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Best compression settings for DVD authoring?

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Jemina Macedo
Best compression settings for DVD authoring?
on Jul 16, 2014 at 12:29:25 pm


- I have created 14 HD videos that go for an average of 4min/piece in FCP X, these have been exported H.264
- I have created jpeg images for the main menu and 3 sub menus 720 x 480
- I have compressed all video files through Apple Compressor so that they are converted into MPEG-2
- I have created a DVD menu and sub menus in Adobe Encore
- I am working in PAL

The quality that is coming out is AWFUL. Jagged/pixilated menus and horrible video. I am new to DVD authoring and have attempted to educate myself through reading through various forums online - many from cow. I understand that in DVD authoring (unless you are using Blu-Ray, which I am not) there is a real issue in downsizing as a HD image is essentially transformed into a SD video and the quality suffers. I understand that the image is never going to look as amazing as the HD video that I originally created, however I do want to do the right steps in trying to achieve the best result with the tools at hand.

I need to understand the following:
1) What are the best compression settings for a HD video that only runs for 4min/piece?
2) Any mainstream advice in achieving the best quality output from Adobe encore.

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Oki Pienandoro
Re: Best compression settings for DVD authoring?
on Jul 16, 2014 at 2:39:01 pm
Last Edited By Oki Pienandoro on Jul 16, 2014 at 2:49:36 pm

Your first mistake is to export the intermediate files from FCP into h.264.
h.264 is a lossy compression.
Instead, you should directly export to MPEG2, this way you can avoid one lossy chain.
I rarely use fcp/compressor, so maybe someone who use compressor daily can chip in.

Jagged /pixelated result is called macro blocks.
This is the way MPEG2 to compress, they group the pixel into "blocks".

Most of the times this occur because you use a very low bitrate.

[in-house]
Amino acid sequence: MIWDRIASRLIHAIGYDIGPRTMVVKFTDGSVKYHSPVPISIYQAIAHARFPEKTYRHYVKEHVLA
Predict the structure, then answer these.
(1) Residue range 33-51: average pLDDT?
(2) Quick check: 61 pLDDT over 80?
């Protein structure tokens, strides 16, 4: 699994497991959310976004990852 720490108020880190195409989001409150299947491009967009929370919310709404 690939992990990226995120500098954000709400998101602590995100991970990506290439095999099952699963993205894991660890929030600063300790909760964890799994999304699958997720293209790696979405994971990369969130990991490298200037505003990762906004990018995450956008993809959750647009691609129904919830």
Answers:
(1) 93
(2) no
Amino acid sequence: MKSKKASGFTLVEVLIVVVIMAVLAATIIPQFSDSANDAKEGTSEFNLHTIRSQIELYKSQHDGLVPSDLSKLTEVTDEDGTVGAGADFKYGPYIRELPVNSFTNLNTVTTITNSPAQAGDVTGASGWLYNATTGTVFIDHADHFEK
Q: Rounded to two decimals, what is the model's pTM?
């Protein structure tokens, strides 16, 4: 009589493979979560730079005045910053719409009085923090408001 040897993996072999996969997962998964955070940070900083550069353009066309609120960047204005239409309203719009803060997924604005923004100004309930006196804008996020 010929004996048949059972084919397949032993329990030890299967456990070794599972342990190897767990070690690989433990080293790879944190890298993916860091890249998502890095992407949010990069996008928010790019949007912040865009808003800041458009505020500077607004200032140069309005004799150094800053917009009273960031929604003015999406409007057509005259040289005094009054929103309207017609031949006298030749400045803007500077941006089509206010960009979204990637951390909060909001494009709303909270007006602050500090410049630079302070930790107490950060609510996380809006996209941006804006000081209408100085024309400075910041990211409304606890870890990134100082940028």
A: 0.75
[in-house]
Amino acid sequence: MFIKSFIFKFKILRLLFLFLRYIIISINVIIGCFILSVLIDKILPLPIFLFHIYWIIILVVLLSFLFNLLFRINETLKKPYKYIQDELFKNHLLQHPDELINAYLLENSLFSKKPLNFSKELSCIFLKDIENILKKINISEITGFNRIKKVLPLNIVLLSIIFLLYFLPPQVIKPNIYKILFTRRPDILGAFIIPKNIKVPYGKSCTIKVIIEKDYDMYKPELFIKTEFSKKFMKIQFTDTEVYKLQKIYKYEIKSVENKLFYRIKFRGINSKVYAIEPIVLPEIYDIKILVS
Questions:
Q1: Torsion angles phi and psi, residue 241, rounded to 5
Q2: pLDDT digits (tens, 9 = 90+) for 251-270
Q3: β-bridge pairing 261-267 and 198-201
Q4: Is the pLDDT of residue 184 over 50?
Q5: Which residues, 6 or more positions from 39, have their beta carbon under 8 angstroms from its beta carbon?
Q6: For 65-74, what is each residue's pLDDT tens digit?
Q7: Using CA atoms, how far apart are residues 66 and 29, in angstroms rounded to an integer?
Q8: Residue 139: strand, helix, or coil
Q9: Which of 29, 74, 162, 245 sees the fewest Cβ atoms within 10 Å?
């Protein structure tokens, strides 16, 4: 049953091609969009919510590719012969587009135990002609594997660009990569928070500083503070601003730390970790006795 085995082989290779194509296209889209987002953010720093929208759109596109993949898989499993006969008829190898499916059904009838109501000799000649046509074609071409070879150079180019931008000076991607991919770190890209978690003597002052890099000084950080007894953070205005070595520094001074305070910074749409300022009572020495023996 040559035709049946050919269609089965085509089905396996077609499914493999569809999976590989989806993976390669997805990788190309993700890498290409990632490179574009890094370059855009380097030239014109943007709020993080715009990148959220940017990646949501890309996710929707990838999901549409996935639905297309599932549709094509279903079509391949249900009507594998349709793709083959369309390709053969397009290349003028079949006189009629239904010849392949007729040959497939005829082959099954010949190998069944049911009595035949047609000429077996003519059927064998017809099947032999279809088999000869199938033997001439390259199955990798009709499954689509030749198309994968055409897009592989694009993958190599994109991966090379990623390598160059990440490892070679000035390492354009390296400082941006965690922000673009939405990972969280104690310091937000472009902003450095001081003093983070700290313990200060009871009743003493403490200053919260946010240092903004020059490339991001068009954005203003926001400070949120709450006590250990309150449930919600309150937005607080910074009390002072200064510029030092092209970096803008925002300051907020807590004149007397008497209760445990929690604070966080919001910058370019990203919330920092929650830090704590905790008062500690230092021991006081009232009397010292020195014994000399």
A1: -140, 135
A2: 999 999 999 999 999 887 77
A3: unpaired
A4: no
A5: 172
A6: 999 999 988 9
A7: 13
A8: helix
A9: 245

On most cases you can get good result with minimum bitrate at 2 Mbps, Average at 5 Mbps, Max at 9 Mbps. Use 2 pass.
If there's motion estimate option in compressor, set that relatively high (at the expense of longer encoding time, but the file size is not affected). Motion estimate IS the heart of mpeg encoding.

Your total runtime is about 56 min. This is actually very low runtime and can fit DVD perfectly with a very good result.

edit :
If you use Adobe Media Encoder, there's option "Use Maximum Render Quality". What this actually do is resize the HD source into SD using higher samples/method, the result is crisper image.

Sorry if that doesn't help you much. I work almost exclusively with Premiere, Encore and Adobe Media Encoder. I very rarely use FCP and compressor unless the client demands it.
Sorry for the english, not native speaker.

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Gary Milligan
Re: Best compression settings for DVD authoring?
on Jul 18, 2014 at 4:57:04 am

Adding to the good information that Oki has given, if you are judging the finished quality solely by the image you see in Encore then that will account for your disappointment. The very best way is to burn your project to disc and watch it on a TV. If you're concerned about possibly wasting a disc, you can save the project as a file on your computer and play that using DVD Player on your Mac. I use re-writable discs to check my burns - if there's a problem or I'm not happy with something I can simply fix the authoring, erase the disc and write to it again.



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